In a departure from her previous novels, Ms. McKinley writes a male main character and a storyline that is neither fairytale nor fantasy, yet still feels quite a lot like her previous stories. Robin, in this incarnation, is neither heroic or charismatic, but he has really great friends. Despite his misgivings about becoming the figurehead for Saxon rebellion, Robin (like Ms. McKinley's other heroines) finds unsuspected depths of strength, courage, and loyalty. The closing scenes of the novel brought me to tears. And despite the male hero, there are plenty of strong female characters for which Ms. McKinley is known.
  • (4/5)
    As with most other re-tellings, the story hardly needs a synopsis, but I would like to mention that in this version we actually start shortly before Robin becomes an outlaw…The slightly earlier starting point was, in my opinion, an opportunity the author took to re-write Robin as a much more likable character. In all of the other books I’ve read for this event, Robin has been arrogant and/or too carefree about risking people’s lives. In this particular book, Robin is both more likable and more believable. He worries about everyone else. He isn’t actually very good at shooting to start out with. And it was never his idea to become an outlaw or a legend. Instead he just cares about people and wants to do his best to help. Having a main character that I liked made this story much more enjoyable for me than in the other versions!The supporting characters were also particularly likable in this version. Both Much and Marian where well-developed characters with abilities that made them very helpful to Robin. Marian was much more competent than in the other books I’ve read. This wasn’t a big deal and didn’t steal the focus away from Robin; it was just assumed she was as capable as any one else. I think this is a positive development, since it shouldn’t have to be a big deal to have an impressive female character. I also liked that the romance between Marian and Robin took place largely in the background. So many books let the romance take over the plot instead! Like the romance, the writing was well done but kept in the background – enjoyable but nothing spectacular. By far the biggest appeal this book has is the great adventure story with wonderfully relatable characters.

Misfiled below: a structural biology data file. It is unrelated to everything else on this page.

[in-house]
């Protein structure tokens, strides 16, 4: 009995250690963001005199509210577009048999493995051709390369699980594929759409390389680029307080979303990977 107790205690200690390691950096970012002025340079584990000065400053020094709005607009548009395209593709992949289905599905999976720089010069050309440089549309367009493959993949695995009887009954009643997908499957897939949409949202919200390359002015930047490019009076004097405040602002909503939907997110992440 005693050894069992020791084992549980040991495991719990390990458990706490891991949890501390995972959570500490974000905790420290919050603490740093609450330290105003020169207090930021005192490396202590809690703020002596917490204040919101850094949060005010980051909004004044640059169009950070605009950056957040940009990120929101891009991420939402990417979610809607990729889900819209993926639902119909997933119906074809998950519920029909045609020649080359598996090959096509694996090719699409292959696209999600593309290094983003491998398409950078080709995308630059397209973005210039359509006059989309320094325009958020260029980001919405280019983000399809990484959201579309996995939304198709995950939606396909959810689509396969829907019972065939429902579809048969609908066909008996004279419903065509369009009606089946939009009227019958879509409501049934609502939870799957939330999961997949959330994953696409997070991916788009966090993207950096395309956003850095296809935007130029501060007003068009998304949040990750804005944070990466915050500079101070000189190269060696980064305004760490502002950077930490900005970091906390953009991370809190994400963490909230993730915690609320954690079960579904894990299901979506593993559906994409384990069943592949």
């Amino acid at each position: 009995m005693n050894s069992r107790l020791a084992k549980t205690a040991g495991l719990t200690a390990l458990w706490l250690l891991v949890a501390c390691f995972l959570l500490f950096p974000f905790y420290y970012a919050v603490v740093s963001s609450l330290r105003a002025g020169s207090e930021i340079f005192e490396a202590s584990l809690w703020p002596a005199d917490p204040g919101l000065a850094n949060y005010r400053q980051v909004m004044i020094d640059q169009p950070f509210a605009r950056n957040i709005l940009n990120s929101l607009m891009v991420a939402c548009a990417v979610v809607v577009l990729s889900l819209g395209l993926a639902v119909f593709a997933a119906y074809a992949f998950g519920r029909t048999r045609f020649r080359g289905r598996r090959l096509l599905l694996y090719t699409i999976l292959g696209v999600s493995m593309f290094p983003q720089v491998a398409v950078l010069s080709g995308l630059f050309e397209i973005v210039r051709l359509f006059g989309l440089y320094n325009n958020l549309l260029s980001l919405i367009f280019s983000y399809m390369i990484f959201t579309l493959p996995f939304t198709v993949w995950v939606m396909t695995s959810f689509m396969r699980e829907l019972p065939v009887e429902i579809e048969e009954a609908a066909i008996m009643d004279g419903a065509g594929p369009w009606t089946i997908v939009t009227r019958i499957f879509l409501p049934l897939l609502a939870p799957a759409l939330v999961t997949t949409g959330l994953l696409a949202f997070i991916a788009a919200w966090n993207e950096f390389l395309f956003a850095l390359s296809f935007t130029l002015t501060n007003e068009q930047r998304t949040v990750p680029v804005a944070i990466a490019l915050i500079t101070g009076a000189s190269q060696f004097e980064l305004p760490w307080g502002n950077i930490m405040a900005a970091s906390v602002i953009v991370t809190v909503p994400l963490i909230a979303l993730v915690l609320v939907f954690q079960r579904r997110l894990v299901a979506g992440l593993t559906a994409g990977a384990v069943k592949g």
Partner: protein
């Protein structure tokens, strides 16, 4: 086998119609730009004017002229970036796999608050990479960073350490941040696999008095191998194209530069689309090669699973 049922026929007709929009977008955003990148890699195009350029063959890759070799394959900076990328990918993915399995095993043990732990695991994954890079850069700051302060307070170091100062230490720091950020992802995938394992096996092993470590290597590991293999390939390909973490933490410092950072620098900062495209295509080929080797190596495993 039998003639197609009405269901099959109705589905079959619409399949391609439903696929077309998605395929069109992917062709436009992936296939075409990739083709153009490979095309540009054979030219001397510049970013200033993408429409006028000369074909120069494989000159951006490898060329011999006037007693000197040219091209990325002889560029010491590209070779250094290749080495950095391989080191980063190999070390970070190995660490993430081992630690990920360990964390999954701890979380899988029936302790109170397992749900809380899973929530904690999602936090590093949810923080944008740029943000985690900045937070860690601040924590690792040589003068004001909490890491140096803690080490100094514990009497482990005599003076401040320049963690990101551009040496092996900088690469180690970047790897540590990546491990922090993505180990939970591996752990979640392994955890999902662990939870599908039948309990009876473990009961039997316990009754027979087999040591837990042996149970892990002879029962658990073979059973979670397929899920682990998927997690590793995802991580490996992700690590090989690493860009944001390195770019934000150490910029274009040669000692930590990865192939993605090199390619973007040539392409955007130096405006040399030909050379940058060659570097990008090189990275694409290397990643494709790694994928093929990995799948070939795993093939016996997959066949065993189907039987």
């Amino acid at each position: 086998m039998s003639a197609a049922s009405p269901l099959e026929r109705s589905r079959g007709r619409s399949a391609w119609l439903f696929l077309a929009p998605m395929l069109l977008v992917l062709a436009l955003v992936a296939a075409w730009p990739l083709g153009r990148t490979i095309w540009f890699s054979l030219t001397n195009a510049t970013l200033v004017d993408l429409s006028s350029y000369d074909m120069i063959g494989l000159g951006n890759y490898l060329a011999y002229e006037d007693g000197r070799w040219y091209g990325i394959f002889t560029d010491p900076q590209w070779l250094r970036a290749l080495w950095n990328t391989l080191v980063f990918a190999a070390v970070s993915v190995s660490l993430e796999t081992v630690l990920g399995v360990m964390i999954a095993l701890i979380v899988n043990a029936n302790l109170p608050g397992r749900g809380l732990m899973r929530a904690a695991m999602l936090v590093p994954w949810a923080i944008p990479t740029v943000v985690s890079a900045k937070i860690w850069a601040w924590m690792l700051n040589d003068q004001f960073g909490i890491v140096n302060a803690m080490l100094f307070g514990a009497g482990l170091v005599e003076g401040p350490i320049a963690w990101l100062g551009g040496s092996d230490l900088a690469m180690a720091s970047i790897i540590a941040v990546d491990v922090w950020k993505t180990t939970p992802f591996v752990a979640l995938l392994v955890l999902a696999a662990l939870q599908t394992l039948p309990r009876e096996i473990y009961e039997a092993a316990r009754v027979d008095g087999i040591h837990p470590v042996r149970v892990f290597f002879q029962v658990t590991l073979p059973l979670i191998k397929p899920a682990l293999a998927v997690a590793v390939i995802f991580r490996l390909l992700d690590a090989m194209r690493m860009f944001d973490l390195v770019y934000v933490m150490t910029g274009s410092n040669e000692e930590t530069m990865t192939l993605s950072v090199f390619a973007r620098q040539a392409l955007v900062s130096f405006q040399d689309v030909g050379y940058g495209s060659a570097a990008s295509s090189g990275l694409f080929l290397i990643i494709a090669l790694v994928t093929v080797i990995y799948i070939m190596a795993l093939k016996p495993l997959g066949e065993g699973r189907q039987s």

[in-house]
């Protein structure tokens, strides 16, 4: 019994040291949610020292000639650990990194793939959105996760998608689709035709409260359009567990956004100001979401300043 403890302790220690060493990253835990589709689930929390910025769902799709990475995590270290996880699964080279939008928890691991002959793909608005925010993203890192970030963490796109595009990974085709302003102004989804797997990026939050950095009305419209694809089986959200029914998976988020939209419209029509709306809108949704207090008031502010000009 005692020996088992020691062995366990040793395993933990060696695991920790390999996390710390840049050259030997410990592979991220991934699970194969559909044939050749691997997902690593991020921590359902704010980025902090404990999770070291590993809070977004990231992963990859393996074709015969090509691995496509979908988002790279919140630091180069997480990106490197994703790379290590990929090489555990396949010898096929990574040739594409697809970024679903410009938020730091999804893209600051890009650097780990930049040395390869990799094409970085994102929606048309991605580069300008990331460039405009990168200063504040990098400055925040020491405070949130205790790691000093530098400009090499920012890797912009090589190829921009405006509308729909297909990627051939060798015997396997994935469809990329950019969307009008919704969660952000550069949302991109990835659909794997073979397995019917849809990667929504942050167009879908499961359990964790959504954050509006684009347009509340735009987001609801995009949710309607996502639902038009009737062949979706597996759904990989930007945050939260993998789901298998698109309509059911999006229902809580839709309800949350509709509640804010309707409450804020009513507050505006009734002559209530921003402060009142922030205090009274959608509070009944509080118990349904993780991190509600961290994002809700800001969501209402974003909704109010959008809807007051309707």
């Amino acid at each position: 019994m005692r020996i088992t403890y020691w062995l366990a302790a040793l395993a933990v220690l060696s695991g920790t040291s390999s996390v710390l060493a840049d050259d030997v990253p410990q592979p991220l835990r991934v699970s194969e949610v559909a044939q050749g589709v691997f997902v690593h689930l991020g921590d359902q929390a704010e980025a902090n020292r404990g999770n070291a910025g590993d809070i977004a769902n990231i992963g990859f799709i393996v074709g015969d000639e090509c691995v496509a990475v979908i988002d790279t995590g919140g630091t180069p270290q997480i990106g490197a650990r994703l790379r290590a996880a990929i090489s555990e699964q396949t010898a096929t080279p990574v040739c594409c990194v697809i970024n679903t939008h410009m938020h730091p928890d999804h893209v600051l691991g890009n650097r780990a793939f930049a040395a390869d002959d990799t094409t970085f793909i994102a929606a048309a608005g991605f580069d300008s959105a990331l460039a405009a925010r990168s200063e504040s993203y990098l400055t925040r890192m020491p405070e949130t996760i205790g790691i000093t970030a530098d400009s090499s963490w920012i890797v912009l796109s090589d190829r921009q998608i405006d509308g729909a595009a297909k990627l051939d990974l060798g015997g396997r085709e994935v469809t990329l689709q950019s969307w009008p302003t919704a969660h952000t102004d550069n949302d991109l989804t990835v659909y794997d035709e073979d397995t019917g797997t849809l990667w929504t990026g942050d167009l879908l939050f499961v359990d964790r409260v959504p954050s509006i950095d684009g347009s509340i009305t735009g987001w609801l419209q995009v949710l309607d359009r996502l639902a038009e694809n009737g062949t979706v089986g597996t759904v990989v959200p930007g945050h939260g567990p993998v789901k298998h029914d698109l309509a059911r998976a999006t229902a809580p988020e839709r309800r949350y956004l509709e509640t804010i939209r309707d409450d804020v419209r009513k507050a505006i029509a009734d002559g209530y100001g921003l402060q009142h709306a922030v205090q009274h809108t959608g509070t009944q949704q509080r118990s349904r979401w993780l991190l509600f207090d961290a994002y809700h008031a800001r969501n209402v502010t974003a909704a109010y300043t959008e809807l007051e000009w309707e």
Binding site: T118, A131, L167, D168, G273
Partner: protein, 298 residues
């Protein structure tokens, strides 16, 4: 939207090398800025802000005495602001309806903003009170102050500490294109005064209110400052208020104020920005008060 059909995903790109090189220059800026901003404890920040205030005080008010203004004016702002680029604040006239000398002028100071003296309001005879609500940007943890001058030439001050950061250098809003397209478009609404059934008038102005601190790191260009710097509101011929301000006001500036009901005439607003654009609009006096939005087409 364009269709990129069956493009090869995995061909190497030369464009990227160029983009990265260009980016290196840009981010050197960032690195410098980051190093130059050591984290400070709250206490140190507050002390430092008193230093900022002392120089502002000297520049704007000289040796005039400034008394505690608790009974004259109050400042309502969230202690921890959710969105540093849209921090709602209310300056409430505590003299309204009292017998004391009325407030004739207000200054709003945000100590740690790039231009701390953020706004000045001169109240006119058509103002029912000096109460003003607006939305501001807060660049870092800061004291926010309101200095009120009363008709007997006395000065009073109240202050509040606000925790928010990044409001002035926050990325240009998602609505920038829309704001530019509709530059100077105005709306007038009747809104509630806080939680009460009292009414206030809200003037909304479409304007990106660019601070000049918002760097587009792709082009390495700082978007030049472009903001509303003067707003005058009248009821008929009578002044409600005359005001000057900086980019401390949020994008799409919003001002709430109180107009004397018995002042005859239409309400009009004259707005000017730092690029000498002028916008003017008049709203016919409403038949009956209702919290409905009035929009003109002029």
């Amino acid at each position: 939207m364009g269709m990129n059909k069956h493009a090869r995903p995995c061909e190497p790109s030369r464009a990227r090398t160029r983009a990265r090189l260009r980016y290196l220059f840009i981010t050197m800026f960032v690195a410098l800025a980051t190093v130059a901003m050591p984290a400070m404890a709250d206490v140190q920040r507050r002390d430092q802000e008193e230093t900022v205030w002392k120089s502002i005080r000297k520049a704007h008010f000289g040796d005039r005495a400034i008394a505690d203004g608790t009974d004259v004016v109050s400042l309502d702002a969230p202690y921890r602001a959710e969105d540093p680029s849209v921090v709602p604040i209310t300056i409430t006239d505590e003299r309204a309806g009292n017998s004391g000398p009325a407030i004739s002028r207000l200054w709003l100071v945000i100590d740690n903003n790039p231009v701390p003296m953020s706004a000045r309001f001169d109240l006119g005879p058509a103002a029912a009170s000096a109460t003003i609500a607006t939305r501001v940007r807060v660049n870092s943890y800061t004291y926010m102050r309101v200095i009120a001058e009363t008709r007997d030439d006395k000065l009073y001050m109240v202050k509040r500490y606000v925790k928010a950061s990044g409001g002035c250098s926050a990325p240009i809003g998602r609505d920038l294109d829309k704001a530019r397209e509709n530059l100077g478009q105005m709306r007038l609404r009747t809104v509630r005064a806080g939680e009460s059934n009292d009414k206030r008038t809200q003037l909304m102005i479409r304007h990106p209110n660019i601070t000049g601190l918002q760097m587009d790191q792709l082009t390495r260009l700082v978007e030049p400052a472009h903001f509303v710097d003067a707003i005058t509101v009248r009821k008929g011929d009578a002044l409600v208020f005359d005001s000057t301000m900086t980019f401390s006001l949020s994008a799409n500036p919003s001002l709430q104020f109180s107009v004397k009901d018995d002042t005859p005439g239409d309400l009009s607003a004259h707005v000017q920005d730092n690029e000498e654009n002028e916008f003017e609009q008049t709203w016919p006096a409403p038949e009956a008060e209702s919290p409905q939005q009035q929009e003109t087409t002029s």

• (4/5)
    3.5 starsWhen Robin Hood accidentally shoots and kills a man with an arrow, he runs and hides in the forest. While the Sheriff of Nottingham sets out to find him, many others want to join Robin's “band” in the forest. I enjoyed this, and found it picked up in the second half. The first half wasn't nearly as interesting, I didn't think. Overall, enjoyable, though.
  • (3/5)
    This was a fun read, with historical details picked from among the wealth of Robin Hood tradition to fit the author's vision. Characters were clear, action was well paced, but there were more than a few places where the phrasing/ dialogue stood out as unclear. Whether that was due to the attempt to make it sound like Saxon English (an on-again, off-again attempt) or simply sentences that were not smoothed out, I'm not sure. I just skipped over them after a few tries though; they weren't crucial, just took me out of the spell of the book. Otherwise enjoyable.
  • (4/5)
    A good story retold with some different twists. Robin is a mediocre archer but Marian is very good with a bow. He is more concerned with feeding and building his community that winning archery contests. Starts slowly but gets into its stride until the usual ending but not quite.
  • (4/5)
    Starts a bit slow, but as always, Robin McKinley does an excellent job of bringing the exalted down to earth, and the unlikeliest to pass in the most believable way. What seems like simple story-telling has layers and echos of other versions of Robin Hood. This version will certainly color, if not erase, the simplistic cinematic versions with which we're most familiar.